“I took a two year course in psycho-drama therapy. So combining theatre with therapy. It was the best of both worlds. During this time she had also given birth to her daughter.
“I was doing play-therapy with young children, who were at risk. They would be at the place I worked at for the week, and their mothers would take them home for the weekends.”
“My sister was living here in Vancouver, and I came here with my daughter for a vacation. We were to be here for two months,” she said. Gabriela met and feel in love with a Canadian man.
“I stayed here and we ended up getting married, and I had a son with my husband. We had applied for me to be allowed to stay in the country, but I was rejected. We went back to Mexico. It was funny because my husband fell in love with Mexico. He wanted to stay there, and I wanted to come back to Canada. He would go out and explore things in Mexico. He introduced me to places I had never been, in my own city!’ she exclaimed.
“There were restaurants and parts of town that I said he should avoid. He would come home and tell me he had eaten at one of these restaurants and how good the food was.” They spent three-and-a-half years in Mexico, waiting to be granted status to return to Vancouver.
“In order to find a home and get things established, my husband returned to Vancouver two months ahead of us,” said Gabriela. It was when Gabriela returned to Vancouver that she started to notice a difference in her husband.
“He didn’t seem at ease, and his mood would change suddenly. He would get so angry. Over a period of a few months, I watched him deteriorate,” she told me. Her husband was diagnosed with bipolar disorder.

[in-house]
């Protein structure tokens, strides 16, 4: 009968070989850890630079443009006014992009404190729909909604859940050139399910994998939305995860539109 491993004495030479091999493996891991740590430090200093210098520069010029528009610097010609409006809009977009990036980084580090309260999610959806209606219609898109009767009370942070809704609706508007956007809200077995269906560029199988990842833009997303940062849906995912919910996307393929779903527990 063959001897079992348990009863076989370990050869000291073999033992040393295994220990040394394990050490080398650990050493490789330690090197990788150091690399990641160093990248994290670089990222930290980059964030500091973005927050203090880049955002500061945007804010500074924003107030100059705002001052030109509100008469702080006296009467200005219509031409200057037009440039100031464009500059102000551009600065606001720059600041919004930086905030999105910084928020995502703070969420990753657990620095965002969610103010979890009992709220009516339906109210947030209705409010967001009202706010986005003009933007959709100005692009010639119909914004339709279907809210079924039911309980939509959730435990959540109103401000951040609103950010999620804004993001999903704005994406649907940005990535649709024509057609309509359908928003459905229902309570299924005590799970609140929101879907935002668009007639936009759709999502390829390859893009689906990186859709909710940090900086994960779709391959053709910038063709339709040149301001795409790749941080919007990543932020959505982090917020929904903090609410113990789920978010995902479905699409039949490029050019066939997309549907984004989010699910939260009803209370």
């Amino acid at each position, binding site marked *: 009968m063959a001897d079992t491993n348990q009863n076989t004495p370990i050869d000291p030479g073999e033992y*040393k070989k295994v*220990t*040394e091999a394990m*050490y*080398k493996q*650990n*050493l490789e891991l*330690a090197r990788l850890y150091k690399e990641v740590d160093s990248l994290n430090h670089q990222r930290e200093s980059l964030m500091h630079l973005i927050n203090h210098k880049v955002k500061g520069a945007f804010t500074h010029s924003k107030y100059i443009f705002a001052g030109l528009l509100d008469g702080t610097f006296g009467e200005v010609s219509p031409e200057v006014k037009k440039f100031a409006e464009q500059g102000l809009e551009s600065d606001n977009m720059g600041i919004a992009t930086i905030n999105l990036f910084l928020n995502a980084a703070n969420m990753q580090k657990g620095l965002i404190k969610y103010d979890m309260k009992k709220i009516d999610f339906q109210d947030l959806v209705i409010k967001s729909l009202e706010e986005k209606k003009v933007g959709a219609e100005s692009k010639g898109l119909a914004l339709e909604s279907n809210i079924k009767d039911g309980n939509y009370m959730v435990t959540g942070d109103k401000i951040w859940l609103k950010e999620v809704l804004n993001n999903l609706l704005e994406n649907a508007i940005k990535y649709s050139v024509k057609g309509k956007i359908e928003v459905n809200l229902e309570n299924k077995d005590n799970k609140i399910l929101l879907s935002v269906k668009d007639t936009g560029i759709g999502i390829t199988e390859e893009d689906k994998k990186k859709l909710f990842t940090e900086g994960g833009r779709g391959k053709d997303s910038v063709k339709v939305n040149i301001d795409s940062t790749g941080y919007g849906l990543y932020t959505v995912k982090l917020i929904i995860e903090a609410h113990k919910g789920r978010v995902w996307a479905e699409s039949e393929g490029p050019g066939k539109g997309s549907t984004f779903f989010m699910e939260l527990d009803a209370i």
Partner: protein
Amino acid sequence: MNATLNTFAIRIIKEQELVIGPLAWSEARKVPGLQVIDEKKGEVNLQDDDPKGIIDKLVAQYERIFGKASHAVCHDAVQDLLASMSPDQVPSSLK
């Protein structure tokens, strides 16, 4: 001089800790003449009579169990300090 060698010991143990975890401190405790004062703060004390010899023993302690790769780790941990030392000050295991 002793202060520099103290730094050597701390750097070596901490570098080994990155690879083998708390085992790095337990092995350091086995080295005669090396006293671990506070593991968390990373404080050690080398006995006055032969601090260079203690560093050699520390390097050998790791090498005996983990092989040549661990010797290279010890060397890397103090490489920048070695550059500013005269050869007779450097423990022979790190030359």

“I was still doing some acting, and I was offered a role in a film being shot in Mexico. I asked my husband if he would be okay if I took the part. He said yes, that it wasn’t a problem. The film company made arrangements for me, and I was bringing our son. We were going to be gone for a month,” she said.
Her husband took a turn for the worse while she was in Mexico and things became difficult.
“When I returned to Vancouver, he met us at the airport. My daughter, who had been living with her father while going to school in Mexico, was with my son and I. It was evident that my husband was not well. I took the children and we stayed in a women’s shelter house,” Gabriela said. It took some time and a lot of patience, but in time, her husband found treatment and was getting the help he needed.
“We went to therapy together, to try and repair our relationship. But so much had happened, the marriage was over,” she said.
“He’s doing very well now, and we’ve worked to maintain a good relationship, for the sake of our son. We work to communicate, and if I sense my son’s father isn’t doing so good, we talk about it. I have to make sure my son is going to be okay and to be able to have good time with his father.”
“I work now as a support worker for (a mental health organization), working with people with mental health issues. It doesn’t matter what I see, or what the issue is for the people I’m working with. It all seems to stem from a need for connection. I try to provide that connection. I work to maintain a relationship with my son’s father, not only for my son. But that his father knows he has the two of us with him. So that he knows he is not alone.” #notastranger